The two princes, the only surviving male heirs of Edward IV, disappeared. Some have assumed that Elizabeth Woodville must have known, or at least guessed, that her sons, the "Princes in the Tower," were already dead because she put her efforts into her daughter's marriage to Henry Tudor.

Henry Tudor

Richard III was killed on the battlefield in 1485, and Henry Tudor (Henry VII) succeeded him, declared himself King of England by right of conquest. He delayed some months in marrying the Yorkist heiress, Elizabeth of York, until after his own coronation. They were married in January 1486, gave birth to their first child, Arthur, in September, and she was crowned Queen of England in November 25, 1487. Their marriage established the Tudor dynasty of the British crown.

Her marriage to Henry VII brought together the House of Lancaster which Henry VII represented (though he grounded his claim to the crown of England in conquest, not birth), and the House of York, which Elizabeth represented. The symbolism of a Lancastrian king marrying a Yorkist queen brought together the red rose of Lancaster and the white rose of York, ending the Wars of the Roses. Henry adopted the Tudor Rose as his symbol, colored both red and white.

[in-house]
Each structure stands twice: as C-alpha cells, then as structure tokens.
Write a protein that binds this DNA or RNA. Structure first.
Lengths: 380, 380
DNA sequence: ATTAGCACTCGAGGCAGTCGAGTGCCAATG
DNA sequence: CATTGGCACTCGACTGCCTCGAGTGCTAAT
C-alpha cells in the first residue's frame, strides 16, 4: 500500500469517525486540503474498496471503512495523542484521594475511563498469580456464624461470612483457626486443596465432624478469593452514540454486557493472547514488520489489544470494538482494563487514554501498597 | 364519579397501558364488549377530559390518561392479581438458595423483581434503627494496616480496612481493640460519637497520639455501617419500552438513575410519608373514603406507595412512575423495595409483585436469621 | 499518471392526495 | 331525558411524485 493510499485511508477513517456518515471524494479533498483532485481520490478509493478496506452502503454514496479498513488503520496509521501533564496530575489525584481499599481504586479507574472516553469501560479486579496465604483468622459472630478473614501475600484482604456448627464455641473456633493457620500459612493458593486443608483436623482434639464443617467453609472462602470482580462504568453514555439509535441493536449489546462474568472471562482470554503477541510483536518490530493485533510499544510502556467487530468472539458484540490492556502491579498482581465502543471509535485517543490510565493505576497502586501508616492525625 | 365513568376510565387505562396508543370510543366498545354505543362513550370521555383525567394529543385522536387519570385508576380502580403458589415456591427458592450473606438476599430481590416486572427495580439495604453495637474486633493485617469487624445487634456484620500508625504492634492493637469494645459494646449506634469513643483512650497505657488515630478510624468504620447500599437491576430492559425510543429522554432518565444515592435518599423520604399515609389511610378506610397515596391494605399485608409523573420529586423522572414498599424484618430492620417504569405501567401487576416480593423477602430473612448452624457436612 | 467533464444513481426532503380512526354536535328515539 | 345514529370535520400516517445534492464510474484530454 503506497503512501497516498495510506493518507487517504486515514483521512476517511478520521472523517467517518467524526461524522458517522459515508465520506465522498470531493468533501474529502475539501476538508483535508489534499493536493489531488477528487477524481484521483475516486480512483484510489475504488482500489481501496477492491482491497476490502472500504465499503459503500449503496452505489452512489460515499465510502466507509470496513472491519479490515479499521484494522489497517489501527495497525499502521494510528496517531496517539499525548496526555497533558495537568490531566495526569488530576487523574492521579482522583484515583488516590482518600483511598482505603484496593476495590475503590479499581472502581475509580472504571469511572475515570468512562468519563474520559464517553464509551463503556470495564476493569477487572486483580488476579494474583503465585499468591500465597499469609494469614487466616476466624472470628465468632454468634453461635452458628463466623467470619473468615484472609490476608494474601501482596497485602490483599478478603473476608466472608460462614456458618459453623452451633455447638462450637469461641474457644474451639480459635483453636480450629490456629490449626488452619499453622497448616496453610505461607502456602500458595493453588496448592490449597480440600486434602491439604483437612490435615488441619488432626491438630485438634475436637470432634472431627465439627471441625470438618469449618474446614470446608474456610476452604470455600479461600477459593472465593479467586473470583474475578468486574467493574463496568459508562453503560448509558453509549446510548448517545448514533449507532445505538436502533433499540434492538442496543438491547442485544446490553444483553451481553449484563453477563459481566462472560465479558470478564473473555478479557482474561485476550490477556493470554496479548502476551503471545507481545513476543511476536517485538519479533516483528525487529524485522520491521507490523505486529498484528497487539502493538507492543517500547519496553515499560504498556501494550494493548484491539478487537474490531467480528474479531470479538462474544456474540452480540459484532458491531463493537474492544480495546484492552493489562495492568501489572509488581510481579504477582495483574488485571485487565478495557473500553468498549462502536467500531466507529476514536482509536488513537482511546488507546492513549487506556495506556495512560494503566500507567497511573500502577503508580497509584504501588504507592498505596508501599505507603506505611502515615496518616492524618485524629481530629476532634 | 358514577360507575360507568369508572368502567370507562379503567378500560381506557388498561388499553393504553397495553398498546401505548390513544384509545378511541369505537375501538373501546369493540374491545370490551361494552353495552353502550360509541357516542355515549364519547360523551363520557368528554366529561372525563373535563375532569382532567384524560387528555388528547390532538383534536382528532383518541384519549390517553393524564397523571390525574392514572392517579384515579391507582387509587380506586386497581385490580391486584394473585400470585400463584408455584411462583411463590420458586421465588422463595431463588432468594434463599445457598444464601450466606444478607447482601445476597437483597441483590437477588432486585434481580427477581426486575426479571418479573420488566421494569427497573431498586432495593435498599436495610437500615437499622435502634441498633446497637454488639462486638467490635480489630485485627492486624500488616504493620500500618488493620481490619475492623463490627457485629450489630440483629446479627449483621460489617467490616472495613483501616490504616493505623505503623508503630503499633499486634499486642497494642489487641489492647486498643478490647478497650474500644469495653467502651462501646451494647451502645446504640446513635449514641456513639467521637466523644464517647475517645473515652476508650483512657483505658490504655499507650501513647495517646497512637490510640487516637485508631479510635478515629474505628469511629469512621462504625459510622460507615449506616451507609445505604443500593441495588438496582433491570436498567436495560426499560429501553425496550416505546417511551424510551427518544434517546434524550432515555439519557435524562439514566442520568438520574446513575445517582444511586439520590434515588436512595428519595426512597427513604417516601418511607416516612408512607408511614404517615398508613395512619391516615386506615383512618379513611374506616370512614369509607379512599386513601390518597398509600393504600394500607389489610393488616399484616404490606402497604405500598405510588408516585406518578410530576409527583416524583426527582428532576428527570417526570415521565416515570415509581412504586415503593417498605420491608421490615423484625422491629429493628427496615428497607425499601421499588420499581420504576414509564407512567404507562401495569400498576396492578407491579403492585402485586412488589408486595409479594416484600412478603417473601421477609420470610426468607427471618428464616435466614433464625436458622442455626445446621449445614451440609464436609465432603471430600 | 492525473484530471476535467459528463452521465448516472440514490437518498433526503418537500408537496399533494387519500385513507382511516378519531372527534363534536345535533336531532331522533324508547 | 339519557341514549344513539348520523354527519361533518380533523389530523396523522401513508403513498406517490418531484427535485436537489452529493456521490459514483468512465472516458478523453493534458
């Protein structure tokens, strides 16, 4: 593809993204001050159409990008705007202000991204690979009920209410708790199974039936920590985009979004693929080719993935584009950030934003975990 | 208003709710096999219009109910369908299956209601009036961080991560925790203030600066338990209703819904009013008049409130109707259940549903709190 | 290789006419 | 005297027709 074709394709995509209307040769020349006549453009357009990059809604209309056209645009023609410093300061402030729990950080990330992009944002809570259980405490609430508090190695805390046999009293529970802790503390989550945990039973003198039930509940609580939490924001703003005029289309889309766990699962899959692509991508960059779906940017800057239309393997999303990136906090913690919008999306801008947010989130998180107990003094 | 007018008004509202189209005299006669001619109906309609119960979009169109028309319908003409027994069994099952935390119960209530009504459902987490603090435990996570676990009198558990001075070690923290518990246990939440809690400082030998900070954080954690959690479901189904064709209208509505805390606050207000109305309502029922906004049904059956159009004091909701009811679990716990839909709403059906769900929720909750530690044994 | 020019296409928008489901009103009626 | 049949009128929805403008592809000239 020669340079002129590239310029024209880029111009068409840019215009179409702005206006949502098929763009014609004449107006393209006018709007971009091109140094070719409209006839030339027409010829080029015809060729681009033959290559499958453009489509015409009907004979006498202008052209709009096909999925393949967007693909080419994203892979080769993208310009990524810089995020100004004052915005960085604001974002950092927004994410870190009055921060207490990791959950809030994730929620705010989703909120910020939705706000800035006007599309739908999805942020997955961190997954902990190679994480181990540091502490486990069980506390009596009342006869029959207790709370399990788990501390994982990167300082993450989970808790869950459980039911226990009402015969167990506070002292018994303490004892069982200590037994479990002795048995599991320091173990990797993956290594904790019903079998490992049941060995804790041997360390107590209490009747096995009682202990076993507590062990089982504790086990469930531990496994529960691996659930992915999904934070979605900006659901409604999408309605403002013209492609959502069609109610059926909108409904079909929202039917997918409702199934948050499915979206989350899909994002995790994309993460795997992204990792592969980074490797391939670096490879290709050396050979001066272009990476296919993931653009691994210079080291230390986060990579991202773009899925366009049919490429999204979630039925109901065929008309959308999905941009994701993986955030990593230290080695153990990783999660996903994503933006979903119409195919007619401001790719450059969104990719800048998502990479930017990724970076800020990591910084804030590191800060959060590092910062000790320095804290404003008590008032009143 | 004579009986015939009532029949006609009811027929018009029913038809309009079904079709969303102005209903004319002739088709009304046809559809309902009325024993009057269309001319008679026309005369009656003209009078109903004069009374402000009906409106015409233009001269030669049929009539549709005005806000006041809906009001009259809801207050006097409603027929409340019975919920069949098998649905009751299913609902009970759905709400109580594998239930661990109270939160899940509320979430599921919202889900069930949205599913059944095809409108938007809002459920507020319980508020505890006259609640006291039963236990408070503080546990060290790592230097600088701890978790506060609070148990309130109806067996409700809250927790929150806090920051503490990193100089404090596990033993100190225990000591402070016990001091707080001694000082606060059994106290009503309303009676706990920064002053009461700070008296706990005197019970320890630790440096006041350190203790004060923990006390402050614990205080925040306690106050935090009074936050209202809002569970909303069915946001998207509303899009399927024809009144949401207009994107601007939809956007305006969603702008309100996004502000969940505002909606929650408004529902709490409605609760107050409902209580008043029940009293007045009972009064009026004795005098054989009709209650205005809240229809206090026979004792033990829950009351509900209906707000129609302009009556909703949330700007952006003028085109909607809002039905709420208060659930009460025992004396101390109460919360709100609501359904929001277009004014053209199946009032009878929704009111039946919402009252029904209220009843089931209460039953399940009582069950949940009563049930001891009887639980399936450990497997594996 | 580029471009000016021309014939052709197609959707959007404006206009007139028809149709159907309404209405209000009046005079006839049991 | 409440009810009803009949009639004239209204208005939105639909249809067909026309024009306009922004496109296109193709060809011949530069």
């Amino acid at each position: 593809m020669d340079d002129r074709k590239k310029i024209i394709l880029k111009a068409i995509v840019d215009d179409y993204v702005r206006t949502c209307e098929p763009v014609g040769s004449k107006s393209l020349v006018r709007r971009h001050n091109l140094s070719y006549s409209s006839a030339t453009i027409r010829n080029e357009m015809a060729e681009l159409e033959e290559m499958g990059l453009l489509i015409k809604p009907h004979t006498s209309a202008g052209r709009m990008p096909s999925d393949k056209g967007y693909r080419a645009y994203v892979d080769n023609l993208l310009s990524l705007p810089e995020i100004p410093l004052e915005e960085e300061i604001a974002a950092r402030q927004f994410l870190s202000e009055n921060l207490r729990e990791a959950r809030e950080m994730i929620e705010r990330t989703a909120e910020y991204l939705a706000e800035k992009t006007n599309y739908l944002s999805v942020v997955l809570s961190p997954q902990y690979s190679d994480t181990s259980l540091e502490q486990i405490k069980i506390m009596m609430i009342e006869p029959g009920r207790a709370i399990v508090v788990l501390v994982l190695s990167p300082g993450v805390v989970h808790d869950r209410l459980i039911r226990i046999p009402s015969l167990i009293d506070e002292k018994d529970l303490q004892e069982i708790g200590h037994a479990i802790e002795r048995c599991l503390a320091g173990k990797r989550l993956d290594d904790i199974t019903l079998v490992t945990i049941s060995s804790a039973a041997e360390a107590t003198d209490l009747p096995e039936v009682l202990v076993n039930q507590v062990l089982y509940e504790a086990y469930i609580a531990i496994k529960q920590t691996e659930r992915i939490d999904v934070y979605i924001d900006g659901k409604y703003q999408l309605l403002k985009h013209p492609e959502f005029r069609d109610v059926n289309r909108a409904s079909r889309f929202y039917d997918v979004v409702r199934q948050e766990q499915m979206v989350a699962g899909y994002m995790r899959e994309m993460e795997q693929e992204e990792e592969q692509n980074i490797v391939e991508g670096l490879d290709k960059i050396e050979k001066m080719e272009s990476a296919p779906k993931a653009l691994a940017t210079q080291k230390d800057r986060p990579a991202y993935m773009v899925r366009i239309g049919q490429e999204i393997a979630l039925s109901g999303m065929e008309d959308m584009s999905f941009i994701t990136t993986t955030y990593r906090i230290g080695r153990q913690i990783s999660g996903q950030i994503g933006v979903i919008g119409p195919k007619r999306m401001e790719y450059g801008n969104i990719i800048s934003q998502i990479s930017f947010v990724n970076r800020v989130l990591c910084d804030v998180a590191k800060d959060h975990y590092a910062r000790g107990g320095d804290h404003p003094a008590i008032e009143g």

Children

Elizabeth of York lived peacefully in her marriage, apparently. She and Henry had seven children, four surviving to adulthood, a fairly decent percentage for the time. Three of the four became kings or queens in their own right: Margaret Tudor (November 28, 1489–October 18, 1541) who married King James IV of Scotland); Henry VIII, King of England (June 18, 1491–January 28, 1547); Elizabeth (July 2, 1492–September 14, 1495); Mary Tudor (March 18, 1496–June 25, 1533) married King Louis XII of France; Edmund, Duke of Somerset (February 21, 1499–June 19, 1500); and Katherine (February 2, 1503).